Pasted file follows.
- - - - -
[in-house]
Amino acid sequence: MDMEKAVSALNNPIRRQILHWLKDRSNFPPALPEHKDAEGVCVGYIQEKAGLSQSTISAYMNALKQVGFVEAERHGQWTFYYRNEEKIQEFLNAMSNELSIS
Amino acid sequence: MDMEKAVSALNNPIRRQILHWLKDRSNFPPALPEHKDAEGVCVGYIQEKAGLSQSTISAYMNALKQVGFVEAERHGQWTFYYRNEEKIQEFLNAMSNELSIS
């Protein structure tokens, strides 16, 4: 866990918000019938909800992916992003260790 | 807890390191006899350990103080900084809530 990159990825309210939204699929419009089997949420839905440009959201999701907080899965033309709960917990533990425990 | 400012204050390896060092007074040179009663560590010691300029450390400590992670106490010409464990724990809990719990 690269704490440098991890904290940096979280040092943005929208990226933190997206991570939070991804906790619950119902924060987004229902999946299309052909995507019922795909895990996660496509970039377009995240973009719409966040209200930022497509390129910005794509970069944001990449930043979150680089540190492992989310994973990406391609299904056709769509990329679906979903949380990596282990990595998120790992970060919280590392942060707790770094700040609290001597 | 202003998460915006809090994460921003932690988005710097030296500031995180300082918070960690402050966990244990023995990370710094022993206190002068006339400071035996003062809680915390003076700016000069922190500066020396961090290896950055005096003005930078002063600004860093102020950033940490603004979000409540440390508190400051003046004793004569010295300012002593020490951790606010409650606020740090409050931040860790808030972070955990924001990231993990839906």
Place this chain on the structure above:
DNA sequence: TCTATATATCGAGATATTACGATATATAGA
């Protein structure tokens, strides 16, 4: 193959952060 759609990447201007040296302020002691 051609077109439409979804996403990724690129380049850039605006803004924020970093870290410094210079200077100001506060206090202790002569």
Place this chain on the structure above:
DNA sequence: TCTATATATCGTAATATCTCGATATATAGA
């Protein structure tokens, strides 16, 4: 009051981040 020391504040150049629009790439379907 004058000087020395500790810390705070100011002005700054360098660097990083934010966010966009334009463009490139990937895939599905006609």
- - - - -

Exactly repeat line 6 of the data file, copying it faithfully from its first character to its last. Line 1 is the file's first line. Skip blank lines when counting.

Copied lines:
DNA sequence: TCTATATATCGAGATATTACGATATATAGA